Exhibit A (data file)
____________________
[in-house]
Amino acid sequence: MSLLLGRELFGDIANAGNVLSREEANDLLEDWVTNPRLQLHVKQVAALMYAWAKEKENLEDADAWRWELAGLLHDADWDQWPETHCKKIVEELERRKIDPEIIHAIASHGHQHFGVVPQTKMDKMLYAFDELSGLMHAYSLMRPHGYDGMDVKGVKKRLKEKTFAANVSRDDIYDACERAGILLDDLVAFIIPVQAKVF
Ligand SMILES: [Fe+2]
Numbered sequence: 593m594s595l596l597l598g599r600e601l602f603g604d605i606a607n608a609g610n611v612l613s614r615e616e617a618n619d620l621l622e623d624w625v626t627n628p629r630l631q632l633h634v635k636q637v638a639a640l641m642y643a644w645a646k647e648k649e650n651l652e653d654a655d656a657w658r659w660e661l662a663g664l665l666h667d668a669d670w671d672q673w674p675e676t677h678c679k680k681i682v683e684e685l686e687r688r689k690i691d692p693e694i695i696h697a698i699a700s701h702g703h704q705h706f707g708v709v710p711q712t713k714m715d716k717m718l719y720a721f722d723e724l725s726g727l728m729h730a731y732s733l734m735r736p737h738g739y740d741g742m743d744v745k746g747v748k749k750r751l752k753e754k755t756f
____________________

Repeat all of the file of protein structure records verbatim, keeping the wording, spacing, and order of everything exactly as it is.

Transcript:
[in-house]
Amino acid sequence: MSLLLGRELFGDIANAGNVLSREEANDLLEDWVTNPRLQLHVKQVAALMYAWAKEKENLEDADAWRWELAGLLHDADWDQWPETHCKKIVEELERRKIDPEIIHAIASHGHQHFGVVPQTKMDKMLYAFDELSGLMHAYSLMRPHGYDGMDVKGVKKRLKEKTFAANVSRDDIYDACERAGILLDDLVAFIIPVQAKVF
Ligand SMILES: [Fe+2]
Numbered sequence: 593m594s595l596l597l598g599r600e601l602f603g604d605i606a607n608a609g610n611v612l613s614r615e616e617a618n619d620l621l622e623d624w625v626t627n628p629r630l631q632l633h634v635k636q637v638a639a640l641m642y643a644w645a646k647e648k649e650n651l652e653d654a655d656a657w658r659w660e661l662a663g664l665l666h667d668a669d670w671d672q673w674p675e676t677h678c679k680k681i682v683e684e685l686e687r688r689k690i691d692p693e694i695i696h697a698i699a700s701h702g703h704q705h706f707g708v709v710p711q712t713k714m715d716k717m718l719y720a721f722d723e724l725s726g727l728m729h730a731y732s733l734m735r736p737h738g739y740d741g742m743d744v745k746g747v748k749k750r751l752k753e754k755t756f